I entered the clearing where Mrs. Petrakis once kept her garden and the house, a brick matchbox dwarfed by the barn looming in its background, came into view. The place was peaceful but the barn door, always open, hung nearly closed and a narrow rectangle of darkness lurked behind it.
Sweat beaded beneath my hat, which I removed to blot the moisture away with my forearm. The humidity was a living thing today, quelling even the hymn of the cicadas. Matt had been right; rain was coming. Petrakis always had a cold root beer at the ready on days like this, but those times have passed and that truth brought a chill that shimmied across my skin like a clutter of spiders.
I broke for the house and hurtled up the back steps and into the kitchen, where the shotgun rested on the table. A horsefly buzzed a circle around the room, then jigged right and flew out through the busted window. Broken glass crunched beneath my shoes in the kitchen and the odor of spent gunpowder, faded but stubbornly present, greeted me in the living room. I lifted a notepad from the coffee table, another of the checklists Petrakis had begun scribing in his effort to compensate for the faulty wiring of his memory.
Pay Washington Gas, the first entry read. Feed Scuttlebutt, the next. I choked up a little on that one; the old retriever fell to a copperhead bite six years ago.
Take Nora to beauty parlor. The tears rolled when I saw the line drawn through that final item. Clarity apparently revisited Petrakis long enough to make him suffer the loss of his wife all over again.
At the stub of hallway leading to the bedrooms, I called out for the old man. Nothing. The bathroom was also empty, so I hurried out of the house to the barn, leaping over one of Petrakis’s boots lying along the path. I pushed the barn door open and its arthritic wheels squealed as they labored across the rusted iron track. Petrakis lay sprawled like a rag doll fallen from a shelf, the second boot sitting upright at his side.
I retrieved my telephone from my pocket and called Matt. “He had a heart attack or something. He’s dead.”
“I’ll be there in two minutes.”
Drawing in a constricted breath, I stepped to the body, where an ant marched across the face and Petrakis didn’t flinch. Dust coated his socks, one of which had slipped far enough down to expose his heel. “I can’t leave you like this,” I said, knowing I’d take an ass chewing for messing with the body.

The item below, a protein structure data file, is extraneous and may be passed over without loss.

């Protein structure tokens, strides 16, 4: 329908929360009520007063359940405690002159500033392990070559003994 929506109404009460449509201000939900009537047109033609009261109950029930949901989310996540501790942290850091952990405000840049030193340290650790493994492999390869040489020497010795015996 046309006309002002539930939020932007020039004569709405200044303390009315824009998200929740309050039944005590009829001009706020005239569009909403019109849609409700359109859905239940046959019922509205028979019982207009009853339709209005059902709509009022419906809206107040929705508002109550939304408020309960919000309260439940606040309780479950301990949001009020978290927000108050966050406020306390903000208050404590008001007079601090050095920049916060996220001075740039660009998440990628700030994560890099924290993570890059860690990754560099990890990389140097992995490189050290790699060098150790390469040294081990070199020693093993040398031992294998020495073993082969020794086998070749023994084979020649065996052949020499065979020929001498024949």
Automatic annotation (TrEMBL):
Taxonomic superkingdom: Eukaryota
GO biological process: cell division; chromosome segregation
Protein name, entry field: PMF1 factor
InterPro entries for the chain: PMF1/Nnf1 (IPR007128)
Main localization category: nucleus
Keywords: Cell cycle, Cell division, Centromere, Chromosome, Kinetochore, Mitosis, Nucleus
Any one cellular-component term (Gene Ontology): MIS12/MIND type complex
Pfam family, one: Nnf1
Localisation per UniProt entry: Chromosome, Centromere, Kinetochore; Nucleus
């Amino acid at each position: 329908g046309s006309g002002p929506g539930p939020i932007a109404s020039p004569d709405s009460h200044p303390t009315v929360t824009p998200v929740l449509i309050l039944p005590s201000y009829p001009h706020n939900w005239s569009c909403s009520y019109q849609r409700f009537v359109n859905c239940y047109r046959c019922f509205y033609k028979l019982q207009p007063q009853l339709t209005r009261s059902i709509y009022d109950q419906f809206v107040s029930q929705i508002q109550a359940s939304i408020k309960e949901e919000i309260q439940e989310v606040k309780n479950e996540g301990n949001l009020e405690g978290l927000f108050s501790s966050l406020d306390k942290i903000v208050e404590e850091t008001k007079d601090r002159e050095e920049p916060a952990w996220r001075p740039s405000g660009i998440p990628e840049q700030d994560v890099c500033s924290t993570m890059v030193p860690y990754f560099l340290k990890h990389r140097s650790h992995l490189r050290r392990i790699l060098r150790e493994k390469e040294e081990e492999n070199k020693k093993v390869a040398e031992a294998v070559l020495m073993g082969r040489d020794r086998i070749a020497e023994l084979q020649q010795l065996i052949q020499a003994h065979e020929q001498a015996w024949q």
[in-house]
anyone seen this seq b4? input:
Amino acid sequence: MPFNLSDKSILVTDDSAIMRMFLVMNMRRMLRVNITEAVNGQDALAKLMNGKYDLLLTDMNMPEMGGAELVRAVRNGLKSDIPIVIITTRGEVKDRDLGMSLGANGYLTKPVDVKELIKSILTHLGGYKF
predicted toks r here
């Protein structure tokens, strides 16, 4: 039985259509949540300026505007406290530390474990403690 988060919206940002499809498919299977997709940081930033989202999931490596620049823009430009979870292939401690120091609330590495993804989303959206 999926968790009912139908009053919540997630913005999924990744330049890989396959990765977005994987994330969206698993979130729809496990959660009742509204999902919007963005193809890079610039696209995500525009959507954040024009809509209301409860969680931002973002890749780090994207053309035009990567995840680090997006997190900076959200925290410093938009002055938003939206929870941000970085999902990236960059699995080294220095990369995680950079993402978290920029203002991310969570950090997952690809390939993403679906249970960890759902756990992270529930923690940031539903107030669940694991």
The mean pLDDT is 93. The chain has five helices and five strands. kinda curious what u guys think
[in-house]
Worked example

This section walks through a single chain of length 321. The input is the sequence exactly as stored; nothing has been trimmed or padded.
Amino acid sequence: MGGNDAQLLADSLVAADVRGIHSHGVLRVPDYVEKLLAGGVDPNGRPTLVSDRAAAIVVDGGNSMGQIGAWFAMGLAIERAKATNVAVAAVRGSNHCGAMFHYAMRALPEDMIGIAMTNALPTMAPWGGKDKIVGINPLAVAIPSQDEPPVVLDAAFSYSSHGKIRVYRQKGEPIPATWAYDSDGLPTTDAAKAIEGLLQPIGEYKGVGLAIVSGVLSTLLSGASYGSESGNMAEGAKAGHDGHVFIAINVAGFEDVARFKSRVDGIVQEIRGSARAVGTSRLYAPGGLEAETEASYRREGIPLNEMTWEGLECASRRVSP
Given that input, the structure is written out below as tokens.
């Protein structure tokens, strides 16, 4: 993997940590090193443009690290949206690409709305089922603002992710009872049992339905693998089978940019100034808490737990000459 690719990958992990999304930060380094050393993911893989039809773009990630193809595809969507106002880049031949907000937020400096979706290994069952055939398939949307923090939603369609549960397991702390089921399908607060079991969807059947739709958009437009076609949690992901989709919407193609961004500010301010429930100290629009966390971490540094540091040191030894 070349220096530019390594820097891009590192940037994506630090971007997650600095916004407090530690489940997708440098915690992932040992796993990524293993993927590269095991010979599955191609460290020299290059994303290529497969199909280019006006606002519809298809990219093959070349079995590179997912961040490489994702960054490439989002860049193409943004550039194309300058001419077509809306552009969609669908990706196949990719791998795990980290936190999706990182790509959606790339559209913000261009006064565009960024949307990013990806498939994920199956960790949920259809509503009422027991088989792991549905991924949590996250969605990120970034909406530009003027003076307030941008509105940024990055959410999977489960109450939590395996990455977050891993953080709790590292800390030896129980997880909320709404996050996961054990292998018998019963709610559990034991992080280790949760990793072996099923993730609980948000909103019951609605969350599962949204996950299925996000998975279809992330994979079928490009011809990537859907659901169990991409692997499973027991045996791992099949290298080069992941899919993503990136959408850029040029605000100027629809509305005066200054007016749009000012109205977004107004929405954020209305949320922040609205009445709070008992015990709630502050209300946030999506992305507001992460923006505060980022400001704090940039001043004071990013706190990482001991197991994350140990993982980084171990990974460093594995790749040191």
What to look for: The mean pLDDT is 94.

The barn had a decade’s worth of the sort of debris that accumulates on a declining farm—busted implements, shelved tools and enough tractor parts to fall just short of aggregating to a functional machine. The autopsy of an ancient chainsaw lay on the workbench coated in grime, and the damp recollection of moldering hay loitered all around. I saw no tarp or blanket to cover the body.
Petrakis reeked of dried sweat and urine, compelling me to hold my breath. I lowered myself to the dirt floor and pulled up the socks before drawing him into my lap, then cradled my friend’s head. I fixed his hair and leaned in to touch my lips to his stubbly cheek. The Greek was a kisser, especially after he’d been in the wine.
I imagined him giving me grief over the trouble I caused at church, responding in the irritated voice he contrived for that sort of a dressing down. For Christ’s sake, the bastard’s doomed to be a foreigner the rest of his days and you kick him in the nuts because he resents how easy life here is for you.
An icy wave of shame washed over me and I slumped. My hand came to rest on Petrakis’s bony chest, where it caught the fold on the slip of paper in his pocket. I pulled the note and read the unsteady hand:
I tucked the note into my pocket as the familiar hum of tires on Matt’s slowing pickup made its way into the barn and the faint but growing wail of sirens cried in the distance. The rain finally came, tapping out its tune of relief on the tin roof overhead. I kissed the old man’s forehead and laid him out, imagining away the alarmed stare locked on his face. I smiled down on my friend and stood straight, braced to deal with whatever comes at me next.